“They can apply for an early contributions holiday, but this will only be considered if the member is experiencing, or likely to experience, financial hardship. The member will need to provide evidence of financial hardship to support the application for an early contributions holiday.”

Otherwise, you’re in for a year. But note that you will then benefit from one year of employer contributions and the tax credit. While this shouldn’t have happened to you, it’s not all bad.

QWhen it comes to advisers, another characteristic that I think will become increasingly relevant is whether the adviser charges asset-based fees or not (ie, a percentage of the funds under advice).

This is very common but I suspect will become a historical artefact at some point in the future. Asset-based fees are better than commission, but they still create conflicts of interest. For example, if a client receives a windfall, it makes it harder for the adviser to recommend paying off the mortgage (where they won’t receive any ongoing remuneration) rather than investing in financial assets (where they will be remunerated).

I’m also not convinced that advising someone with a portfolio of $800,000 is four times as hard, time-consuming, or risky, compared to advising someone with a portfolio of $200,000, and that the client should therefore be charged four times the amount.

Asset-based fees also create a situation where even if advisers don’t advertise a minimum initial investment, they are going to be far less interested in a young couple with $50,000 or a retiree with $150,000 than someone who has a lot more money (and might arguably get less marginal benefit from receiving good quality advice). Food for thought.

AAs I’ve said recently, I clearly prefer advisers who charge fees over those who accept commissions from the financial providers with whom they invest clients’ money. On the Info on Advisers page on, I list fees-only advisers.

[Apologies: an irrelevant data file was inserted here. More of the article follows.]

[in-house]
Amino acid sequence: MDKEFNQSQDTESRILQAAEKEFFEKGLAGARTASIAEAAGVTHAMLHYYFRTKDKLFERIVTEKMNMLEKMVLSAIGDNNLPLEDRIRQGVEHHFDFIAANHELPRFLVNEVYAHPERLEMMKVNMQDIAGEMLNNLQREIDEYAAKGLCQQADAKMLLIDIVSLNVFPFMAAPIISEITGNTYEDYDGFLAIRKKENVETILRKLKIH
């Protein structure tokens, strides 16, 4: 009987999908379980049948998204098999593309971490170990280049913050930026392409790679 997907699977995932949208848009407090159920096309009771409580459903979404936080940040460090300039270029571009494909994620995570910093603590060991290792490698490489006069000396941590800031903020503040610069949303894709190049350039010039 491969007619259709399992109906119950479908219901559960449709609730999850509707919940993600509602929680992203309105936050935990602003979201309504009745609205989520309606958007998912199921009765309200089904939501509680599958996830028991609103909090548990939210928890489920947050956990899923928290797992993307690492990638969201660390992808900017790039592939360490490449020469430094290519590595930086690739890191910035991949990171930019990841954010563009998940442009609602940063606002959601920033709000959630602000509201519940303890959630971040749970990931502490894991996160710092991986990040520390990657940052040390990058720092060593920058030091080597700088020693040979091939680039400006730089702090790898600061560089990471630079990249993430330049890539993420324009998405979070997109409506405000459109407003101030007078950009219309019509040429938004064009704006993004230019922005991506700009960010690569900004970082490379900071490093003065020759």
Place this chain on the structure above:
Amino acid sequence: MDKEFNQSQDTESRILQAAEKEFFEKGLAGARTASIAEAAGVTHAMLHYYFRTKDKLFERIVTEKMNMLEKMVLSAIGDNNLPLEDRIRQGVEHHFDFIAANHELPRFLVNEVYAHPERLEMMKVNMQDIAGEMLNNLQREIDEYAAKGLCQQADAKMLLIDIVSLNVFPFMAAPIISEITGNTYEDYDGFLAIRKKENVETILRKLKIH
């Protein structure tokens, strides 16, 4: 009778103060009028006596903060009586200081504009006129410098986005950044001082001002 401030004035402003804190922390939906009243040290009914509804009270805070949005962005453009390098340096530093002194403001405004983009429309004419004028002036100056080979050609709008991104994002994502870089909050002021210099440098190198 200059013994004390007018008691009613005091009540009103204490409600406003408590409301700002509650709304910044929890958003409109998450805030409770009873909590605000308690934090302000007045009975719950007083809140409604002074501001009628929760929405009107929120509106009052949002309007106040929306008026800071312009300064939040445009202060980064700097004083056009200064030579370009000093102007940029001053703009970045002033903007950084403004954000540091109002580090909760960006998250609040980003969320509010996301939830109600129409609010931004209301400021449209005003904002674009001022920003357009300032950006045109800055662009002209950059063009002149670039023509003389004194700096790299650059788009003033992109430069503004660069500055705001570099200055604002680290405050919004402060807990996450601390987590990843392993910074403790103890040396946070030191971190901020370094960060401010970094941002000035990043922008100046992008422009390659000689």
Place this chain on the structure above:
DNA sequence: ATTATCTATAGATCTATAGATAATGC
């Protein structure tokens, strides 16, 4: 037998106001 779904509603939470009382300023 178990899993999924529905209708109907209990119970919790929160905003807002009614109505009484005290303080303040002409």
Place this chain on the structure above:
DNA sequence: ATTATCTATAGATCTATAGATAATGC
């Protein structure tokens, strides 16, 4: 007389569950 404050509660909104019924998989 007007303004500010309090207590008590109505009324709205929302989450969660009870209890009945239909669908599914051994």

You’re making a further distinction, between different types of fees-only advisers. Here’s the different ways they charge for their services:

  • Asset-based fees — the adviser charges a percentage of a client’s money.
  • Fixed fees for running a client’s investments.
  • Hourly fees.

I agree that asset-based fees have their flaws. As well as the points you make, they are less visible than if the adviser sends a bill. They are usually deducted automatically from returns.

On your comparison of the $800,000 and $200,000 clients, the egalitarian in me quite likes the idea that the richer client subsidises the poorer one. And in any case many advisers would use tiers, so the percentage is lower for clients with more money. But still, there’s probably some unfairness in the system.

Clients of all financial advisers should get a clear explanation of all the ways the adviser is being paid, how clients are charged, and how many dollars that amounts to.

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Mary Holm is a freelance journalist, a director of Financial Services Complaints Ltd (FSCL), a seminar presenter and a bestselling author on personal finance. From 2011 to 2019 she was a founding director of the Financial Markets Authority. Her opinions are personal, and do not reflect the position of any organisation in which she holds office. Mary’s advice is of a general nature, and she is not responsible for any loss that any reader may suffer from following it. Send questions to [email protected] or click here. Letters should not exceed 200 words. We won’t publish your name. Please provide a (preferably daytime) phone number. Unfortunately, Mary cannot answer all questions, correspond directly with readers, or give financial advice.